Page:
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Nat Commun. 2016 Mar 24;7:11040. doi: 10.1038/ncomms11040.

CETSA screening identifies known and novel thymidylate synthase inhibitors and slow intracellular activation of 5-fluorouracil.

Author information

1
Laboratories for Chemical Biology, Karolinska Institutet, Science for Life Laboratory Stockholm, Division of Translational Medicine &Chemical Biology, Department of Medical Biochemistry &Biophysics, Karolinska Institutet, Tomtebodavägen 23A, Solna 171 65, Sweden.
2
Department of Medical Biochemistry &Biophysics, Division of Biophysics, Karolinska Institutet, Scheeles väg 2, Stockholm 171 77, Sweden.
3
School of Biological Sciences, Nanyang Technological University, 61 Biopolis Drive (Proteos), Singapore 138673, Singapore.
4
Department of Pharmacy, Uppsala University, BMC, Box 580, Uppsala SE-751 23, Sweden.
5
School of Biological Sciences, Nanyang Technological University, SBS-04s-45, 60 Nanyang Drive, Singapore 639798, Singapore.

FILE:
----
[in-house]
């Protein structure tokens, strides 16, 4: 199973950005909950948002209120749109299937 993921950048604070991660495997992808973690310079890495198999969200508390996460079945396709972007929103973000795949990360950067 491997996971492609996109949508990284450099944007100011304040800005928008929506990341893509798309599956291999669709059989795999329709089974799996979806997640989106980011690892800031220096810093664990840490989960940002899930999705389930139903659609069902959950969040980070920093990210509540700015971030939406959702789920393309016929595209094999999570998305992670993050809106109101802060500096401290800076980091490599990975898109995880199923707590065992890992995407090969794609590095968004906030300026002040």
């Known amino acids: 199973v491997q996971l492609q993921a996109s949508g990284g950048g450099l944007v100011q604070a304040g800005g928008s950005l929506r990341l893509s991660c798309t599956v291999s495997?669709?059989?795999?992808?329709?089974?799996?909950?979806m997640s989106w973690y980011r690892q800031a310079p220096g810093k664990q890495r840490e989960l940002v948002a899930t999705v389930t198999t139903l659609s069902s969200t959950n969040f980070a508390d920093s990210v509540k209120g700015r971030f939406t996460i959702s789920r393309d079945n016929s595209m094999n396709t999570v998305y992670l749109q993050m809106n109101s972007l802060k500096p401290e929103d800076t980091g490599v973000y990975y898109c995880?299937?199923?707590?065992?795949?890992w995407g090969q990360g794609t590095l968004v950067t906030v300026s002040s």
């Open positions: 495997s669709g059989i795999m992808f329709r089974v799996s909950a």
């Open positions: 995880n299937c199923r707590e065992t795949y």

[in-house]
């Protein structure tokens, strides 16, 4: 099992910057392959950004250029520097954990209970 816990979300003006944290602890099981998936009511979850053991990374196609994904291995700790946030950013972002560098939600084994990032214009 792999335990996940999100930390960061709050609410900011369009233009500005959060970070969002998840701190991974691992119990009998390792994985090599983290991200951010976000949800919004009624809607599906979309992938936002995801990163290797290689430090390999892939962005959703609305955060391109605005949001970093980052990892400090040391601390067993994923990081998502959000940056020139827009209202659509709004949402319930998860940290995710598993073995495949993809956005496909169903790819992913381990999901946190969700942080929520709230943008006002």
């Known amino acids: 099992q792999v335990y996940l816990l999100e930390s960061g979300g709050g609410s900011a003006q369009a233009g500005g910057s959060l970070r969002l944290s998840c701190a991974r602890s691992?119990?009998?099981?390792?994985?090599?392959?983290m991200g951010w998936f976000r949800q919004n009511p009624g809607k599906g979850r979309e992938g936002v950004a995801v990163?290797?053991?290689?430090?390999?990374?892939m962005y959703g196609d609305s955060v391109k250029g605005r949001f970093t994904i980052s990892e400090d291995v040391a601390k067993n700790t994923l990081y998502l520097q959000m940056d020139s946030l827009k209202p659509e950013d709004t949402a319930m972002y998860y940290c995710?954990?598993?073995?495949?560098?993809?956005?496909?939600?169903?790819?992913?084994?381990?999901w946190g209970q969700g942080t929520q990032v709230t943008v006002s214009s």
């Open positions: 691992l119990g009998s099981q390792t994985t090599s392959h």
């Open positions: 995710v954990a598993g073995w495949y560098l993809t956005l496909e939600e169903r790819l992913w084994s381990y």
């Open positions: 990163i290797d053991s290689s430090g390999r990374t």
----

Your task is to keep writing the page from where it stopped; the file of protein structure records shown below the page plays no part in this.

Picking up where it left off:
6
Uppsala University Drug Optimization and Pharmaceutical Profiling Platform (UDOPP), Department of Pharmacy, Uppsala University, BMC, Box 580, Uppsala SE-751 23, Sweden.
7
Science for Life Laboratory Drug Discovery and Development platform, Uppsala University, Uppsala SE-751 23, Sweden.
8
Institute of Cellular and Molecular Biology, ASTAR, 61 Biopolis Drive (Proteos), Singapore 138673, Singapore.

Abstract

Target engagement is a critical factor for therapeutic efficacy. Assessment of compound binding to native target proteins in live cells is therefore highly desirable in all stages of drug discovery. We report here the first compound library screen based on biophysical measurements of intracellular target binding, exemplified by human thymidylate synthase (TS). The screen selected accurately for all the tested known drugs acting on TS. We also identified TS inhibitors with novel chemistry and marketed drugs that were not previously known to target TS, including the DNA methyltransferase inhibitor decitabine. By following the cellular uptake and enzymatic conversion of known drugs we correlated the appearance of active metabolites over time with intracellular target engagement. These data distinguished a much slower activation of 5-fluorouracil when compared with nucleoside-based drugs. The approach establishes efficient means to associate drug uptake and activation with target binding during drug discovery.

PMID:
27010513
PMCID:
PMC4820820
DOI:
10.1038/ncomms11040
[Indexed for MEDLINE]
Free PMC Article

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